Newspaper article The Christian Science Monitor

A Tempest Brews in Heirloom Teacups

Newspaper article The Christian Science Monitor

A Tempest Brews in Heirloom Teacups

Article excerpt

Every family has its cherished possessions. Small or large, modest or grand, these objects become infused with memories and an importance that has little to do with monetary worth. It's their sentimental value that counts.

Ranking high on many lists of domestic treasures are Grandma's china and crystal. Passing these fragile legacies down to the next generation remains an honored tradition in many families.

Yet a generational shift is under way as some parents make a surprising discovery: Their children aren't interested.

Fancy china? "Sorry, Mom, it's just not me," a daughter or son might say, adding, "Besides, it can't go in the dishwasher."

Sterling silver? "No thanks - it needs polishing."

Crystal goblets? "Nope - too fancy, too fragile."

As for those snowy damask linens that grace Thanksgiving and Christmas dinner tables, who has time to iron yards of fabric? And who wants to spend $15 or $20 to have each one professionally laundered? Placemats work just fine, Mom.

In an era of frequent mobility, casual entertaining, and later marriage, cupboards filled with delicate heirlooms are gathering dust. Practical questions loom large for potential heirs: Where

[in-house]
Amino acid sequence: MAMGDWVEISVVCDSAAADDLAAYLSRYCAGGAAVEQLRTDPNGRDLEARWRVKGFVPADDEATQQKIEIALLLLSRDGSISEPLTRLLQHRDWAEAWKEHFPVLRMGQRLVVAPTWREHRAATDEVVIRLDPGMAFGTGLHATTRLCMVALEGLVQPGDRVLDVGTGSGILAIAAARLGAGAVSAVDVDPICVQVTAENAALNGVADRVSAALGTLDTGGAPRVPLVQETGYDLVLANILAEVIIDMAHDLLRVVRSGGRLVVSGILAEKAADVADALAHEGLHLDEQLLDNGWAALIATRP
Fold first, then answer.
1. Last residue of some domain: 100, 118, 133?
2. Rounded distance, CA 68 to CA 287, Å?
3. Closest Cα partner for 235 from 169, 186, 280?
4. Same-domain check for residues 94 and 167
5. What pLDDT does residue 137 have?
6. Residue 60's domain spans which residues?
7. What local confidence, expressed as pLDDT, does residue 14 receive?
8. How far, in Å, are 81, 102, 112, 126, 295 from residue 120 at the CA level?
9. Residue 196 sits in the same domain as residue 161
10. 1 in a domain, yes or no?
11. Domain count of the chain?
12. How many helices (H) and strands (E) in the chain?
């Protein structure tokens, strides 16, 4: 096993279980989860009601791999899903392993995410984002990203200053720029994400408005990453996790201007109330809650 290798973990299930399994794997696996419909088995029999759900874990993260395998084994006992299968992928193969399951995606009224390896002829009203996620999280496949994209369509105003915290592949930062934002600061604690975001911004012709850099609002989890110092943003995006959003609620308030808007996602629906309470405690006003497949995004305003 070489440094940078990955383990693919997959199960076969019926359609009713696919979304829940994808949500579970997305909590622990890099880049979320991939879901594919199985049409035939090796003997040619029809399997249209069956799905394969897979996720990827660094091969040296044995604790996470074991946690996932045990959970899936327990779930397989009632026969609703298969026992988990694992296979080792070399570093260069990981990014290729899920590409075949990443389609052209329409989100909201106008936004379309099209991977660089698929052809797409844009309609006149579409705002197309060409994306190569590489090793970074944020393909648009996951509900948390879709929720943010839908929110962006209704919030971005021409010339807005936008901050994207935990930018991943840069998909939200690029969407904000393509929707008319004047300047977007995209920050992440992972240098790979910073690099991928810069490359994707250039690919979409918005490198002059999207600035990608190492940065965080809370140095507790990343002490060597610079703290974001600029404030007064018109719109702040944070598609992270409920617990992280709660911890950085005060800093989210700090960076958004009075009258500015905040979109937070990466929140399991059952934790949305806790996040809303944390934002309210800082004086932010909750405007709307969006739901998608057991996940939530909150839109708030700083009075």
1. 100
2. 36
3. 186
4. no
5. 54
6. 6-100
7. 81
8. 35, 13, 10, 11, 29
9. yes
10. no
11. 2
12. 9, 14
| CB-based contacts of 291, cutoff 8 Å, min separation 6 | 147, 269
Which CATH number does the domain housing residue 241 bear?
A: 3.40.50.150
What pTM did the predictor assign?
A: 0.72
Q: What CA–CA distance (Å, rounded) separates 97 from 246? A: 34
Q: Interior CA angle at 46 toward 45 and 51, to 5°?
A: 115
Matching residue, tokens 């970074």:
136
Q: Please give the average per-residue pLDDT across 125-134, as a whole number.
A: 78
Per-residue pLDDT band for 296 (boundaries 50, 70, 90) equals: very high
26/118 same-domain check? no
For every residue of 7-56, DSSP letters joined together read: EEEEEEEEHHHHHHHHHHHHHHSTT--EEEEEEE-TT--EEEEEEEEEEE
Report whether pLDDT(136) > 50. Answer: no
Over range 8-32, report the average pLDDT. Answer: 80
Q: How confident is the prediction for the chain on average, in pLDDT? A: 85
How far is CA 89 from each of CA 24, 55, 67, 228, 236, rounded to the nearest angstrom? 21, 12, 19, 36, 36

would I store these treasures? How would I move them? And when would I use them? Pizza and Chinese takeout hardly call for Wedgwood and Waterford.

The dinner party, social observers warn, is becoming an endangered species. In a hurried age, such events simply require

too much work. Similarly, the luncheon - that midday pleasure of women who don't have to watch a clock on a lunch hour or eat a sandwich at their desk - is nearly extinct.

No wonder casual tableware from popular retailers such as Pottery Barn or Crate and Barrel is replacing porcelain and crystal on bridal registry lists.

When children turn down these legacies of love, what is a parent to do? One couple moving this month from a large house in Ohio to a smaller one in Oregon wanted to give their 48-piece crystal set to their newly married daughter. She politely declined.

When the mother took the crystal to an antiques shop, the owner told her, "There just isn't a market for this now. …

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